Hisense TV Red Light Blinks 2 Times No Picture: How to Fix?

Having your Hisense TV flash a red light twice can be frustrating. This usually indicates there is some kind of issue with the TV that needs troubleshooting. The good news is that with some simple steps, you can often resolve the red light blinking problem yourself without calling Hisense support or taking the TV to a repair shop. This guide will walk you through several potential solutions to stop the red light from blinking twice on your Hisense TV.

Understanding the Meaning of the Red Light Blinking Twice

When you see the standby light on your Hisense TV flashing red twice, it’s actually displaying an error code that indicates the nature of the problem. Here are the most common issues associated with the two-blink red light code:

  • Power Issue:  This could indicate a problem with the TV’s power supply or main board. Two red blinks can mean the voltage is unstable; there’s a bad capacitor or another power-related issue.
  • Backlight Problem: With LED/LCD Hisense TVs, two red blinks often mean the backlight system has malfunctioned somehow. This could point to bad LEDs, a faulty LED driver board, or another backlight-related failure.
  • Loose Cable: A loose internal cable connection can also trigger the double-blink red light. It is usually a loose ribbon cable that has come undone from the main board or power supply.
  • Overheating: The two-blink code sometimes occurs if the TV has overheated and needs to cool down before it will power back on. This points to an airflow obstruction or fan failure.
  • Bad TV Panel: In rare cases, two red blinks indicate the TV’s actual LCD or LED display panel has failed and needs replacement.

So, in summary, when your Hisense TV blinks red twice, it means some internal component prevents the TV from powering on correctly. The rest of this guide will help you pinpoint the exact cause based on your model and symptoms.


What to Do When Hisense TV Red Light Blinking 2 Times

Perform Basic Hisense TV Troubleshooting First

Before diving into the blinking red light specifically, it helps to try some basic general troubleshooting steps first. Here are some easy things to check that could potentially resolve your Hisense red light blinking issue:

Check Connections: Examine all the cables connecting to the back of the TV, including the power cord, HDMI cables, and any other inputs. Make sure they are all plugged in securely. Unplug them and plug them back in to re-seat the connections.

Try a Different Power Outlet: Plug the TV’s power cord into another outlet in case the original one went bad or lost power. I prefer to connect it directly to a wall outlet rather than a power strip.

Power Cycle the TV: Unplug the TV from the power outlet, wait 60 seconds, then plug it back in. This may reset any stuck components and clear the red blinking light.

Press and Hold the Power Button: Press and hold the power button on the Hisense TV for 10-20 seconds to force any stuck processes to restart.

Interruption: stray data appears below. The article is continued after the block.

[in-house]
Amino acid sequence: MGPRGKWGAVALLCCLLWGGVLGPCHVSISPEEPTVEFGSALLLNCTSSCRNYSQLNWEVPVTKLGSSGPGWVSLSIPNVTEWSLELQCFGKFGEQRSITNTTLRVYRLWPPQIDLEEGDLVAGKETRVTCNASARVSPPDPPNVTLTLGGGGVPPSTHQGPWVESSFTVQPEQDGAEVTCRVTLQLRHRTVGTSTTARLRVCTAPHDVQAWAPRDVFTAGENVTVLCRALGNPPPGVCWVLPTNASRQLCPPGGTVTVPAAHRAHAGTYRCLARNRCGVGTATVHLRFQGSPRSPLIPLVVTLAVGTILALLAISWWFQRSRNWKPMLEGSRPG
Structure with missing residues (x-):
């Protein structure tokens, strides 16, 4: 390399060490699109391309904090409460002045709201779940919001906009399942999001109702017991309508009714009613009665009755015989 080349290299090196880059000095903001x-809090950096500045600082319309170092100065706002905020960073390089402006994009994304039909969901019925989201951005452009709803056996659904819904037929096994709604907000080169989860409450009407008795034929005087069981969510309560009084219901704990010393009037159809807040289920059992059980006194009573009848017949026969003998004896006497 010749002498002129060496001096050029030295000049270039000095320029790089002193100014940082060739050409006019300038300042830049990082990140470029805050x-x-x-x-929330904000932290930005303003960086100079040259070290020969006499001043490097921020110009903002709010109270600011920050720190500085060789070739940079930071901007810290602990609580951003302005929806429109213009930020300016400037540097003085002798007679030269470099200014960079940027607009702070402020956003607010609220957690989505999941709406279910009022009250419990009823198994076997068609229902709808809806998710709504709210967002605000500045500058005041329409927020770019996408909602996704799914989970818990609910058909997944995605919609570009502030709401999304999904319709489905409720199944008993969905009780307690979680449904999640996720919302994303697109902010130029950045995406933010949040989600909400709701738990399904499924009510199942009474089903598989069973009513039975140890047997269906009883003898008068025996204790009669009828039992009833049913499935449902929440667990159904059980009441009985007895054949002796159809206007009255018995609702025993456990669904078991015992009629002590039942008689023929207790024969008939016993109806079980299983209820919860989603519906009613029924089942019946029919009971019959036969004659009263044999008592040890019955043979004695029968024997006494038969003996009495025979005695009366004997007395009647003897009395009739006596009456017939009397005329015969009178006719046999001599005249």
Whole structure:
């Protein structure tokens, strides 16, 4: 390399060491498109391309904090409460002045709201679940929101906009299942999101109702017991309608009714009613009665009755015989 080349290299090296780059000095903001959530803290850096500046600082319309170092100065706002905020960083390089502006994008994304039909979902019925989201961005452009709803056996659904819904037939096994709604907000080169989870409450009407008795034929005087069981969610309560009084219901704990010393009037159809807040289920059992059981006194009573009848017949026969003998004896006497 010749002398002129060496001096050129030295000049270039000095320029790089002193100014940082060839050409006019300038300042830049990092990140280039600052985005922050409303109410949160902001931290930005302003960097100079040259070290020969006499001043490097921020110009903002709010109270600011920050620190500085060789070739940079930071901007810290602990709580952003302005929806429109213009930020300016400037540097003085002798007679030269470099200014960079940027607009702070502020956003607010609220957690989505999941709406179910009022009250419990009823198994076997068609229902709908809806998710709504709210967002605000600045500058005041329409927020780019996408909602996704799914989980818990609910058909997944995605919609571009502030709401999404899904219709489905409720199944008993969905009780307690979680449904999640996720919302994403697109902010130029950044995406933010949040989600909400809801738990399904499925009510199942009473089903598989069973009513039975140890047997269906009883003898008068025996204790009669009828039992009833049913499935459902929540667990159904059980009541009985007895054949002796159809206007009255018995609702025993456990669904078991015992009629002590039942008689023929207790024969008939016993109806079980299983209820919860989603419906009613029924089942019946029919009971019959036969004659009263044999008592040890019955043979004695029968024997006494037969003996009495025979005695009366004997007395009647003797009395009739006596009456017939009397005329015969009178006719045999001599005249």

Check Remote Control: Ensure your remote control works properly and can turn the TV on and off. If not, you may need to replace its batteries.

Factory Reset the TV: If none of the above works, perform a factory reset on the Hisense TV. This will erase all your custom settings but may resolve a software glitch.

Troubleshoot Models with Detachable Power Boards

Measure Power Supply of Hisense TV Board

Some Hisense TV models have a detachable power supply board that connects to the main board via a cable and ribbon connector. If you have this style of TV, you’ll want to check the following:

Reseat Ribbon Cable: The most common cause of a double-blink red light on these TVs is the internal ribbon cable working loose. Unplug the TV, remove the back panel, and detach the power supply board. Carefully pull up the wide ribbon connector that plugs into the main board, reseat it, then reassemble the TV.

Check Power Supply Board: Examine the detachable power supply board for any damaged capacitors or burnt/melted areas. The power supply board likely needs replacement if you see any apparent damage. Order one online using the number labeled on the board itself.

Measure Power Supply Outputs: Use a multimeter to check that the DC voltage outputs from the power supply board match the TV model’s voltage specifications listed in the manual. If they are abnormal, the supply board is faulty.

Following these steps for detachable power board models should resolve most instances of the standby light flashing red twice. Be sure to unplug the TV before doing any internal checks.

Inspect Ribbon Cables on Non-Detachable Power Supply Models

ribbon cables of hisense tv board

For Hisense TVs, where the power supply is permanently attached inside, a double blink of the red light often means an internal ribbon cable has come loose. Here’s how to inspect them:

Open TV Case: Unplug the power cord and use a Phillips screwdriver to carefully open the plastic rear case of the TV to access the internal boards. Refer to your model’s manual if needed.

Check Ribbon Cable Seating: Examine where all the ribbon cables connect to boards like the LED driver, T-con, and main board. Look to see if any are loose or appear to be disconnected.

Reseat Loose Connections: If you find any loose ribbon connectors, turn the TV over to access the board they are on. Gently pull up on the plastic connector, then firmly press it back down onto the board’s pins.

Inspect for Cable Damage: Thoroughly check the flat ribbon cables for any tears, creases, or missing silver contacts. A damaged ribbon cable needs replacement by soldering on a new one.

Reassemble TV: After checking and reseating all connections, carefully reassemble the rear shell and test the TV power. The red light issue should be resolved.

Observing all internal cable seating methodically will often fix elusive random TV shutdowns and blinking red lights.

Check Backlight LEDs for Failure